Chrysler Group LLC lowered its target for full-year earnings, even after second-quarter profit climbed 16 percent on higher demand for the Jeep Grand Cherokee and Ram pickups.
Net income rose to $507 million from $436 million a year earlier, the Auburn Hills, Michigan-based automaker said in a statement today. Sales advanced 7.1 percent to $18 billion. Fiat SpA, Chrysler’s majority owner, separately today reported second-quarter profit that was better than analysts expected on reduced European spending and the increased Ram sales.
Sergio Marchionne, chief executive officer of both companies, is relying on Chrysler and its 39 consecutive monthly U.S. sales gains, to offset losses at Fiat’s mass-market brands in Europe. Automakers may sell 15.4 million cars and light trucks in the U.S. this year, the average of 18 analyst estimates and the most since 2007, as the economy follows the auto industry’s rebound.
“The timing of product launches and capacity increases causes this year’s performance to be biased to the second half,” Marchionne said in the statement. “A continued aggressive drive for excellence and flawless execution will be essential to attain the targets we’ve set for ourselves.”
Chrysler forecast operating profit of $3.3 billion to $3.8 billion, compared with a previous target of about $3.8 billion. Operating profit was $2.9 billion last year. The company predicted deliveries of about 2.6 million vehicles, compared with a range of 2.6 million to 2.7 million.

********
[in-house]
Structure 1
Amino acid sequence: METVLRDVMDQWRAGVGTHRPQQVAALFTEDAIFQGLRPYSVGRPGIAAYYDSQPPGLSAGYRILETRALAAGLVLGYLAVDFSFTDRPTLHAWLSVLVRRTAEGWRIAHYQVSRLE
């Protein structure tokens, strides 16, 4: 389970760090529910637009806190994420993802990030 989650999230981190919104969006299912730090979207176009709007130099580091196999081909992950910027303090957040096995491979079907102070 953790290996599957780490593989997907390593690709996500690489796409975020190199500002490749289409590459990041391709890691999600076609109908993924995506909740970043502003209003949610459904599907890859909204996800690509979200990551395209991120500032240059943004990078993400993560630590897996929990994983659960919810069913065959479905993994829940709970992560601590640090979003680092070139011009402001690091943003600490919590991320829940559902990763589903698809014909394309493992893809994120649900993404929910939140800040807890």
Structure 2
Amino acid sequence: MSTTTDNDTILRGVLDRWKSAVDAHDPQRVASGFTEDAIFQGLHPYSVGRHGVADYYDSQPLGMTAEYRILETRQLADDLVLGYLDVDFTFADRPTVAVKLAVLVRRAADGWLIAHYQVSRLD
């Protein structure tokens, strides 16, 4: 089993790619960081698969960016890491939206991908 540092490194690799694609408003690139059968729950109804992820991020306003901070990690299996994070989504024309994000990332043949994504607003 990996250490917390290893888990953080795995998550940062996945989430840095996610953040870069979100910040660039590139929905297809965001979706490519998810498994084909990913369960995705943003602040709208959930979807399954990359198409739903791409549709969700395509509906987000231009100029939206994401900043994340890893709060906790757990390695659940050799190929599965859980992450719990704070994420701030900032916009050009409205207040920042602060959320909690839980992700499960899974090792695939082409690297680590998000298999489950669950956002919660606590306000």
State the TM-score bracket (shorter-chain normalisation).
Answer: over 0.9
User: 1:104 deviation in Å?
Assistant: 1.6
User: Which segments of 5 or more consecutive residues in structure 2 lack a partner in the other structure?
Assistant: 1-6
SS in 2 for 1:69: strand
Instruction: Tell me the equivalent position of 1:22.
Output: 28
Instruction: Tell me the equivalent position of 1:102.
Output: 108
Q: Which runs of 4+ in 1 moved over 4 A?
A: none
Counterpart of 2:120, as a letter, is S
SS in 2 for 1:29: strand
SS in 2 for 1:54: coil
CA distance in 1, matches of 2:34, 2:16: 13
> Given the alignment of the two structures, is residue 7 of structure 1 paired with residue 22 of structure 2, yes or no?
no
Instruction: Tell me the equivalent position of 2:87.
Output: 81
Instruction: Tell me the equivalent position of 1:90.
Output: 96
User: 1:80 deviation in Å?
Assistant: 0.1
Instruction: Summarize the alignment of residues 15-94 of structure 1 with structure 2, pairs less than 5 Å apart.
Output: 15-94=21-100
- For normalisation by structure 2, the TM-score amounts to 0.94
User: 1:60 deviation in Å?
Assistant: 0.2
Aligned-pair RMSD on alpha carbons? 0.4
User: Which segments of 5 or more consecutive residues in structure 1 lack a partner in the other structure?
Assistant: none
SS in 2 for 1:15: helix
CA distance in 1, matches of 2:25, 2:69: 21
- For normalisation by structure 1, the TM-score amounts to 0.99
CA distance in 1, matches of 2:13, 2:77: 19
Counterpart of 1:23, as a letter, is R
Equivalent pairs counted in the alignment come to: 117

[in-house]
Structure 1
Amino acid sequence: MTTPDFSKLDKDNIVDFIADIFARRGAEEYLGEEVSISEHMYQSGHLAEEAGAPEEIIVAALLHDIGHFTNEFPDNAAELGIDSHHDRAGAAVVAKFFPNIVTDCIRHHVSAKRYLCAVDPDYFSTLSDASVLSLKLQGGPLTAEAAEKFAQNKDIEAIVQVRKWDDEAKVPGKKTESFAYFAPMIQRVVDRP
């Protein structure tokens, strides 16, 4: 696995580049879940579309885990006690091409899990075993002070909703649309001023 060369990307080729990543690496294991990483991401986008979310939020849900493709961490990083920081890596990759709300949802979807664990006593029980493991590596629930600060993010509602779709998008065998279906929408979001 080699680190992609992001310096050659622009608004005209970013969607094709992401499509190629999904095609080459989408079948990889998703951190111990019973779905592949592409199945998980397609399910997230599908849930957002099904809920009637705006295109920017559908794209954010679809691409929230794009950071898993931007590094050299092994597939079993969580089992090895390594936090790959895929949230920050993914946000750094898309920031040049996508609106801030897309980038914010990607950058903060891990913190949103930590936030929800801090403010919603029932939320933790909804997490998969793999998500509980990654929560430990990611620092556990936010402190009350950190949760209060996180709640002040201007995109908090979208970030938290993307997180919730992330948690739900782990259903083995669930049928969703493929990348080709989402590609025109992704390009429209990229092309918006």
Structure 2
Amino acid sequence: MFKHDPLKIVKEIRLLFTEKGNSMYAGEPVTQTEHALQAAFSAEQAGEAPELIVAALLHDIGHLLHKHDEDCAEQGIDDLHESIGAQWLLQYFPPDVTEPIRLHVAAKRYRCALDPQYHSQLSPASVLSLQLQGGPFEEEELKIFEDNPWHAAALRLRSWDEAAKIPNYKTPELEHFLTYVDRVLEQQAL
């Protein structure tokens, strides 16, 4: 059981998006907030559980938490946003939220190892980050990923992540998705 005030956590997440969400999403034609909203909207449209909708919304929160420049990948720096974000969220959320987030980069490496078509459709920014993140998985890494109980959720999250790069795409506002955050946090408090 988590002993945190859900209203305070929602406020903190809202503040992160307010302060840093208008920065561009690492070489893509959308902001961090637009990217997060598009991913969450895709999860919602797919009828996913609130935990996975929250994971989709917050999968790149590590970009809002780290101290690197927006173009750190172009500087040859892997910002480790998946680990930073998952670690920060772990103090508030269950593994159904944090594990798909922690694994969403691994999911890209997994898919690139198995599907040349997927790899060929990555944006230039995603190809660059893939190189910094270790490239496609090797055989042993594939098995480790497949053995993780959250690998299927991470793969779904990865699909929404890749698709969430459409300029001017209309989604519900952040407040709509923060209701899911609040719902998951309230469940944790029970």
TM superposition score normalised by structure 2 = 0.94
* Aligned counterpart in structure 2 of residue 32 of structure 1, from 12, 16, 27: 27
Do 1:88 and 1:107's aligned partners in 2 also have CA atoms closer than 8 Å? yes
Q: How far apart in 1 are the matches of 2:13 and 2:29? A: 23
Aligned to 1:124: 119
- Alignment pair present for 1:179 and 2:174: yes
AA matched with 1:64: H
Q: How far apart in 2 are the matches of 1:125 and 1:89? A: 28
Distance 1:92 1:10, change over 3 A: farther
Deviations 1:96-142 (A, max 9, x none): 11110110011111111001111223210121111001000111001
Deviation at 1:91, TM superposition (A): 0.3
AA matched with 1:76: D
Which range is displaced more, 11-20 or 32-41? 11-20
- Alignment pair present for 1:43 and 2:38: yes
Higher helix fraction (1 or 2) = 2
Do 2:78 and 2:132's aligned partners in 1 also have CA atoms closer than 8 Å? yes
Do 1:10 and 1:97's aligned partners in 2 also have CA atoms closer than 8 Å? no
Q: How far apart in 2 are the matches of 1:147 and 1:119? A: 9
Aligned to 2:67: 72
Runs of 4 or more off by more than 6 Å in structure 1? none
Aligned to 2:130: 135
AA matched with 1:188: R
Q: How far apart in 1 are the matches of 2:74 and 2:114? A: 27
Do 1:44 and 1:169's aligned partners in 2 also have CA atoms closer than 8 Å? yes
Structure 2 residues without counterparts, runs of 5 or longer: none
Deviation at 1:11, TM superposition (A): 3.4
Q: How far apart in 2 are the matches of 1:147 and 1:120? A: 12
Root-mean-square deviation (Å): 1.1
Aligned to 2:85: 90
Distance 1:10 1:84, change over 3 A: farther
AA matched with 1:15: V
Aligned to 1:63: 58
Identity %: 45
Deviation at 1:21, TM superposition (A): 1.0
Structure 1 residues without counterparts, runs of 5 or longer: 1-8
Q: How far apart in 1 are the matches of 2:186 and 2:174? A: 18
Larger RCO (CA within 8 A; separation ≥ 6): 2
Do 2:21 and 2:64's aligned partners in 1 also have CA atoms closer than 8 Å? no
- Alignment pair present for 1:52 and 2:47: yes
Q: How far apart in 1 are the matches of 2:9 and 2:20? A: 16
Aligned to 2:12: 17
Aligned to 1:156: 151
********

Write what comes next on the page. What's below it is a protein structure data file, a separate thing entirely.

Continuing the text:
Fiat’s trading profit, or earnings before interest, taxes and one-time items, increased 8.7 percent to 1.03 billion euros ($1.37 billion) from 947 million euros a year earlier, compared with 931 million euros, the average of four analyst estimates compiled by Bloomberg. Sales rose 3.7 percent to 22.3 billion euros.
Chrysler’s deliveries in its home market gained 8.9 percent in the first half of the year to 908,332 cars and light trucks, helped by a 23 percent gain for Ram, 7.6 percent for Grand Cherokee and deliveries for the new Dodge Dart.
Marchionne wants to buy the 41.5 percent of Chrysler Fiat doesn’t own and forge a global manufacturer able to challenge General Motors Co. and Volkswagen AG. Turin, Italy-based Fiat rescued Chrysler through a government-brokered alliance in 2009. Marchionne obtained control of Chrysler without paying cash by pledging Fiat’s vehicles, technology and managerial expertise.
Since then, Chrysler has emerged as the financial power of the Fiat-Chrysler alliance. Without Chrysler, Fiat would have reported a loss for 2012.